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WHO battles malaria treatment resistance

disclaimer: image is for illustration purposes only
by Staff Writers
Geneva, Switzerland (UPI) Jan 12, 2011
The World Health Organization began efforts to stop the spread of parasites resistant to the most potent treatment for malaria, the Geneva-based agency said.

Undertaken by the U.N. health agency and the Roll Back Malaria Partnership, the plan outlines actions to contain and prevent resistance to artemisinins, the critical component of artemisinin-based combination therapies, the most potent treatment for falciparum malaria, the deadliest form of the disease, the United Nations said Wednesday in a release.

"The usefulness of our most potent weapon in treating malaria is now under threat," said WHO Director-General Margaret Chan. "The new plan takes advantage of an unprecedented opportunity in the history of malaria control: to stop the emergence of drug resistance at its source and prevent further international spread. The consequences of widespread artemisinin resistance compel us to seize this opportunity."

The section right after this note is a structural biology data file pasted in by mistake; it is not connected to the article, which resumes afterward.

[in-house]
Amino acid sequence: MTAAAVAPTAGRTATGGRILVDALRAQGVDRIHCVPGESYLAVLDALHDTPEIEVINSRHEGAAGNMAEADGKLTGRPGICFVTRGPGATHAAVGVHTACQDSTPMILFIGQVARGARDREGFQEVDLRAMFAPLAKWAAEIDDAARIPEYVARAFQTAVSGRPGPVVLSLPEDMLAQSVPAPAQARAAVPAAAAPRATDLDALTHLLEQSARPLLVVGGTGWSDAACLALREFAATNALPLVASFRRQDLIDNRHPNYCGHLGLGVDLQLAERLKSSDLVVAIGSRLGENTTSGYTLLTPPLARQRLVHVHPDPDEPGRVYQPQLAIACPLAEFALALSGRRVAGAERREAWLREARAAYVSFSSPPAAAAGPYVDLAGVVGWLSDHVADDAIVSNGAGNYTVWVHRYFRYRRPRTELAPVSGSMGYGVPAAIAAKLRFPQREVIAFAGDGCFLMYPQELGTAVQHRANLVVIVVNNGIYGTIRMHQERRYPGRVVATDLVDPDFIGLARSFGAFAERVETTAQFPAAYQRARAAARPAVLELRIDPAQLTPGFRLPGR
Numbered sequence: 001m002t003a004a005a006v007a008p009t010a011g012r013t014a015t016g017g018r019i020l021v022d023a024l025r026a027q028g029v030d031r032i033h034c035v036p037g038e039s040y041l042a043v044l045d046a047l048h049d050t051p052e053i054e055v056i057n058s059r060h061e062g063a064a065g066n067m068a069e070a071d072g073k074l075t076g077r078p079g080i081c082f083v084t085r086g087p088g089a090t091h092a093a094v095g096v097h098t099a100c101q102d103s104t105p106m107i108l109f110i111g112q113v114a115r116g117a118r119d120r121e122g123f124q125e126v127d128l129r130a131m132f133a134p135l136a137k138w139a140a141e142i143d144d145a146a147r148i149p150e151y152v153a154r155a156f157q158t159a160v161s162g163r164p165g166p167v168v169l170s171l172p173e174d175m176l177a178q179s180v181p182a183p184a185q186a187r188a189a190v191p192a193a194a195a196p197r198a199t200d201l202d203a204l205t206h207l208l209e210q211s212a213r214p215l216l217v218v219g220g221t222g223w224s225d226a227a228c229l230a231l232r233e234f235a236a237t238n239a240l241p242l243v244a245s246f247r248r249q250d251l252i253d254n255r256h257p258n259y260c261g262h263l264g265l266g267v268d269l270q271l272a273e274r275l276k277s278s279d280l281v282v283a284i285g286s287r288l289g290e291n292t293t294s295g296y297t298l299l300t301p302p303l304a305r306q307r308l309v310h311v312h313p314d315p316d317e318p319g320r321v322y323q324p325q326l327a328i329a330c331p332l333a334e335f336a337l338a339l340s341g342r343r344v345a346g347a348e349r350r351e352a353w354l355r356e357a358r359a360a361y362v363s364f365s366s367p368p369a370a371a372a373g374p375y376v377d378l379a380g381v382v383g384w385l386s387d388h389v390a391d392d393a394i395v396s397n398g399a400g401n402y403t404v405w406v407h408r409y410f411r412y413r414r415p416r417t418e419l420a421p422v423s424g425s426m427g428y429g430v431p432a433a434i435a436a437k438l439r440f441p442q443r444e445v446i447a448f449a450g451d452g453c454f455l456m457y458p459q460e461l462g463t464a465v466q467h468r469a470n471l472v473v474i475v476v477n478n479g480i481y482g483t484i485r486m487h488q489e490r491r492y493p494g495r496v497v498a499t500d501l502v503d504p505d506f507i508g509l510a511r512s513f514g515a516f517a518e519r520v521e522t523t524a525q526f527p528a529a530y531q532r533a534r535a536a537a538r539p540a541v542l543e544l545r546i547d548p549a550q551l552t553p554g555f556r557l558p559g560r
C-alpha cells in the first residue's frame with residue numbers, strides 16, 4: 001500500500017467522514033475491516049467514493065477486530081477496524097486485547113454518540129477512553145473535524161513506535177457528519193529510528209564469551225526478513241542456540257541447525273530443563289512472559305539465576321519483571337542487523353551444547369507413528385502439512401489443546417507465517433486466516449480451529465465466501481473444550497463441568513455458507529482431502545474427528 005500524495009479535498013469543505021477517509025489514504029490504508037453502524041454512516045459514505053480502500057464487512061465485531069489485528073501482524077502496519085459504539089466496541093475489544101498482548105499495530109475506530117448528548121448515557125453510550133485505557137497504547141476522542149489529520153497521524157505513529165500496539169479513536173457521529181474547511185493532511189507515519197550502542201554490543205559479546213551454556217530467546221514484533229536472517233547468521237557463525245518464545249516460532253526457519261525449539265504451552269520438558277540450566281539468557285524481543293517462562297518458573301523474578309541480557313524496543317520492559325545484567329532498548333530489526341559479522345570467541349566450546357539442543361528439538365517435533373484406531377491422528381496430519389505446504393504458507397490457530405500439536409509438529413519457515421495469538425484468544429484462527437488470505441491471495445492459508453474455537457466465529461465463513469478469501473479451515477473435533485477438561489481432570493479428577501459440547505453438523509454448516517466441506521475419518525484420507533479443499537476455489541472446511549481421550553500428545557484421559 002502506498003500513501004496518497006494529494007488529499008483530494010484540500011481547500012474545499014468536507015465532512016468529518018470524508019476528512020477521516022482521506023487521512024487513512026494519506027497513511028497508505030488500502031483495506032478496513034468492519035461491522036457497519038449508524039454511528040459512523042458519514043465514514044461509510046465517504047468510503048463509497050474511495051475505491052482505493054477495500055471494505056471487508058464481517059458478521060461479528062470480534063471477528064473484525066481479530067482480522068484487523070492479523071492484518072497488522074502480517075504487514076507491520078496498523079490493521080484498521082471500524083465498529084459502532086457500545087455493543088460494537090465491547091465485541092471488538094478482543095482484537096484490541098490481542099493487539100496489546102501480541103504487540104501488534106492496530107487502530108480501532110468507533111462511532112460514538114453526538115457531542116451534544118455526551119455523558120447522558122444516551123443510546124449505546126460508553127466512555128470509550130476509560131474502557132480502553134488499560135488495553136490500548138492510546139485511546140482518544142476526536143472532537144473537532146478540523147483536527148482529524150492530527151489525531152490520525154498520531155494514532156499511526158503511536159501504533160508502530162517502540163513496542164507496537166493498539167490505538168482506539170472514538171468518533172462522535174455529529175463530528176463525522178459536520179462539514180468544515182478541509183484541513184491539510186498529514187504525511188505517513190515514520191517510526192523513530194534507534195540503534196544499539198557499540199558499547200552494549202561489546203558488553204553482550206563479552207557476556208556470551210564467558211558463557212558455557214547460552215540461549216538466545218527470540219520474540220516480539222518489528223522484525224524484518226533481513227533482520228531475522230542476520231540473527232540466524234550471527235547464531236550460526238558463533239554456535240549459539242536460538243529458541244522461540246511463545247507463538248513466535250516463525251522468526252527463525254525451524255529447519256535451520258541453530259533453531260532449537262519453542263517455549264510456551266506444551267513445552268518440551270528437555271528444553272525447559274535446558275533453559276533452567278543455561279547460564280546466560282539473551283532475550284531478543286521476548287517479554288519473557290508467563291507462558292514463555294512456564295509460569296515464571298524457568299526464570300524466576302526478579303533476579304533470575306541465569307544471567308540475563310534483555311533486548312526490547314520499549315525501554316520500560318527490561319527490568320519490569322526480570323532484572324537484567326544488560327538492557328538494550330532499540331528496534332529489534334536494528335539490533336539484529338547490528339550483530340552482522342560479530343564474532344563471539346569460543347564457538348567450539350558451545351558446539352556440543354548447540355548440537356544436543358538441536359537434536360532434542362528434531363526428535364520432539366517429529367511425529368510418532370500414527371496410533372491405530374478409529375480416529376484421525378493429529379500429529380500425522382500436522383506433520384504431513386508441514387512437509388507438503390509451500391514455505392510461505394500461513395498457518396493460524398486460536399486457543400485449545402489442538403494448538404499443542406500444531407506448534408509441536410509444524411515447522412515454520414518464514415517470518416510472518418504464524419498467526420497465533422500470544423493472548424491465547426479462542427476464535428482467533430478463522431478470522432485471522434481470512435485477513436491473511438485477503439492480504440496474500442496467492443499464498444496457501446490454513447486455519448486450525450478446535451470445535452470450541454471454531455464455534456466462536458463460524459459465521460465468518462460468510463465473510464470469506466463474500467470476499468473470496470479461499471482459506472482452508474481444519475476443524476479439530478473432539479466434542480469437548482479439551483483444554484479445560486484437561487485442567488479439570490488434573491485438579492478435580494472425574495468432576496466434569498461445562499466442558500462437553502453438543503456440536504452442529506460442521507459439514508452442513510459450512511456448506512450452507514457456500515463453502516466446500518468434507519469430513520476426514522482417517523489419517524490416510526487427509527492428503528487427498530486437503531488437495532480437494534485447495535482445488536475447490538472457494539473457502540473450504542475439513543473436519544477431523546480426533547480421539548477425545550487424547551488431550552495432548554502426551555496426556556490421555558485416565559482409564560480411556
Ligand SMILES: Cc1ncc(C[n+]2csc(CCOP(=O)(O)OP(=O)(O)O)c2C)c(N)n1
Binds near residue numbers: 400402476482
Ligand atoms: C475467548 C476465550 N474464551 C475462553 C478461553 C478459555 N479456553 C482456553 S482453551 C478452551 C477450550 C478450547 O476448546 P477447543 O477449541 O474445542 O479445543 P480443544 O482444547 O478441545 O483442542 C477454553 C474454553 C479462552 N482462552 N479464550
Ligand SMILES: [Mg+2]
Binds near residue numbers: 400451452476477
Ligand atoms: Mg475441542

The five-step Global Plan for Artemisinin Resistance Containment's goal is to contain and prevent artemisinin resistance by stopping the spread of resistant parasites, increase monitoring and surveillance for artemisinin resistance, improve access to malaria diagnostic testing and logical treatment with artemisinin-based combination therapies, invest in artemisinin resistance-related research and motivate action, and mobilize resources, the United Nations said.

WHO said the plan's success will depend on a coordinated and adequately funded response at global, regional and national levels.

"Effective containment of artemisinin resistance will significantly improve our capability to sustain current control achievements at country level," said Awa Coll-Seck, executive director of the Roll Back Malaria Partnership.

The health agency said the number of malaria cases fell by more than 50 percent in 43 countries during the past decade. The loss of artemisinin-based combination therapies as an effective treatment likely would result in an increase in malaria-related deaths, WHO warned.

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